The nude photos of Jennifer Lawrence and Kate Upton that went viral this past week from an internet hacking scam just found another forum to bring them to public eye. They'll be on display at an art gallery.
Cory Allen Contemporary Art announced it will display "life-size and unaltered" shots of both J-Law and Upton as part of Los Angeles artist XVALA's "Fear Google" campaign in St. Petersburg, Florida.
According to the gallery press release, the bare-all celebrity photos will join a "7 year collection of images found on Google of celebrities in their most vulnerable and private moments, that were comprised by either hackers or the paparazzi."
That collection will also include some other headline-inducing pictures like Britney Spears' shaved head from 2007 and a nude photo of Scarlett Johansson from 2011.
XVALA explained his reasoning for exposing the nude photos further, saying, "In today's culture, everybody wants to know everything about everybody. An individual's privacy has become everyone else's business. ... It has become cash for cache." And the gallery's publicist Cory Allen said the exhibit will help "strengthen the ongoing debate over privacy in the digital era."
XVALA's website seems to mirror that sentiment. The words "New World Order" and a giant eye are the lone graphics on his page, which seems to at least hint at the artist's belief of some "Big Brother"-type of influence on society.
But still, both reps for Jennifer Lawrence and Kate Upton have said they'll press charges against those who post any of the stars' leaked nude photos. So, can XVALA actually get away with this exhibit?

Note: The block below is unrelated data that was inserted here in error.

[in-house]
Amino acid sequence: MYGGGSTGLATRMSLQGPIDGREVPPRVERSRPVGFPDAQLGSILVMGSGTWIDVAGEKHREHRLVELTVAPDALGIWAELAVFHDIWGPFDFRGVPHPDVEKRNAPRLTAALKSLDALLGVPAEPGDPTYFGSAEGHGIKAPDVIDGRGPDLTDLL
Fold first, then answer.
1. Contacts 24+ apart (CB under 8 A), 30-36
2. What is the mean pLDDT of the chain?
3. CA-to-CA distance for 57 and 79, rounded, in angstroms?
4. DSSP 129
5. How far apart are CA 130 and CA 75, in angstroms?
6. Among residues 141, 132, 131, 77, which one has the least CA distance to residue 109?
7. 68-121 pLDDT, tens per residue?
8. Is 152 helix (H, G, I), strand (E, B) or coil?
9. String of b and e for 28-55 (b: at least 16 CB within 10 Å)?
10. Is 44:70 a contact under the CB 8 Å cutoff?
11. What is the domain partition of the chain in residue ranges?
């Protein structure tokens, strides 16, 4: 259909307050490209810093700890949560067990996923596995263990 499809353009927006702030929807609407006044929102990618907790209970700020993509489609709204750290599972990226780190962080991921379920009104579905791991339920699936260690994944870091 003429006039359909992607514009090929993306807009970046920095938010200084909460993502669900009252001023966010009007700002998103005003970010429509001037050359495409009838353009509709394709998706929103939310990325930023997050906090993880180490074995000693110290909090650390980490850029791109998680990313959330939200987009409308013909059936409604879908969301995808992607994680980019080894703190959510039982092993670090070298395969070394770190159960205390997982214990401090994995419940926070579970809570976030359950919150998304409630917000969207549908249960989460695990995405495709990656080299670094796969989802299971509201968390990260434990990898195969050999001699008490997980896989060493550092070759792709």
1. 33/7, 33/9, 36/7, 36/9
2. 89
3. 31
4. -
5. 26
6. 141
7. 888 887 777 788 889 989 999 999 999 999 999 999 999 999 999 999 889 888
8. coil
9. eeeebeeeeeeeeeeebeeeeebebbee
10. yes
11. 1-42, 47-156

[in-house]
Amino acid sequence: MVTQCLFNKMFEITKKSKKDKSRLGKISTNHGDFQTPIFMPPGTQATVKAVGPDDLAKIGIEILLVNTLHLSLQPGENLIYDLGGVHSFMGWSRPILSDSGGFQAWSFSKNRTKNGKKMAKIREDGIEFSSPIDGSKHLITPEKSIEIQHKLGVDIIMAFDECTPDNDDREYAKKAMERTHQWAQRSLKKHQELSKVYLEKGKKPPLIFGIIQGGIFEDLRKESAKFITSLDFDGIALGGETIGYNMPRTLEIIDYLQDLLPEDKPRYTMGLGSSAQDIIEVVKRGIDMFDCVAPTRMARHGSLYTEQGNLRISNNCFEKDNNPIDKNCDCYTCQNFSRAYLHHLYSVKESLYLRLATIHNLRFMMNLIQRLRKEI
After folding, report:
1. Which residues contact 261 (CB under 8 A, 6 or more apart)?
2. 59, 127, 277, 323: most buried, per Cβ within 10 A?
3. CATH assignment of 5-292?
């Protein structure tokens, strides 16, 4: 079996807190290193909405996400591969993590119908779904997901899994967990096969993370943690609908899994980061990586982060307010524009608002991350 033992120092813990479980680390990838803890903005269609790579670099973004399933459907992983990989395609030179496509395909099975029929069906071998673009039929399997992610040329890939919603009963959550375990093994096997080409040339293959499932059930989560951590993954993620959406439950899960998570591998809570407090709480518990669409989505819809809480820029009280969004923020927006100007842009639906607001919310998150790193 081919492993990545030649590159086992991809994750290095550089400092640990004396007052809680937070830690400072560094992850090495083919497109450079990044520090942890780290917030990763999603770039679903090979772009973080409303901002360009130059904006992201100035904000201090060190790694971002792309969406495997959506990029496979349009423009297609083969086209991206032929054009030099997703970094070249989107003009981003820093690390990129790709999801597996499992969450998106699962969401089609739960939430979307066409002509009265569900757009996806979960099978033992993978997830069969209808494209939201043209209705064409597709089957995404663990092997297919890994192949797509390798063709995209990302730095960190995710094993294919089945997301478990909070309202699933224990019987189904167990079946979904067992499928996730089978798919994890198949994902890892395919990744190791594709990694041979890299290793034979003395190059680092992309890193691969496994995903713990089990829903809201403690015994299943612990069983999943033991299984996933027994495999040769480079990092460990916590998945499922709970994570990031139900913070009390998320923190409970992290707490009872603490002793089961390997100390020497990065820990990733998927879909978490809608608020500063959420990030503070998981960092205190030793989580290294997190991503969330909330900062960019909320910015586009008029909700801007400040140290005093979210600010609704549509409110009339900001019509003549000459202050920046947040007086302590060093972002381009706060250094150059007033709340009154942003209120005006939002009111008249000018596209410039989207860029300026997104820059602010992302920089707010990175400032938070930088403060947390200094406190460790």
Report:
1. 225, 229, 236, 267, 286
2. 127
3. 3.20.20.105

That's not immediately clear. In the exhibit's defense, Allen told Fox News the images of J-Law and Upton are a small portion of a larger exhibit focused on privacy. Plus, he said XVALA isn't "trying to exploit anything," stressing the images will be considered "art" not "photos," and they have no plans to share any of it outside of the gallery.
And, concerning Jennifer Lawrence, it's disputed whether or not she actually owns the copyright to some of the pictures, so they might be fair game to whomever snatched them. (Video via Extra)
Shifting venues from L.A. to St. Petersburg to display the showroom is also a bit eyebrow-raising.
As MTV points out, they might have chosen to switch locations because "posting nude photos without consent and with the intention for causing distress is actually against the law" in Los Angeles. That same language supposedly doesn't apply in St. Petersburg.
Pending any legal hurdles, the exhibit titled "No Delete" is scheduled to be on display starting October 30th.
This video contains images from Getty Images / Rob Kim, Jacob Andrzejczak, Pascal Le Segretain
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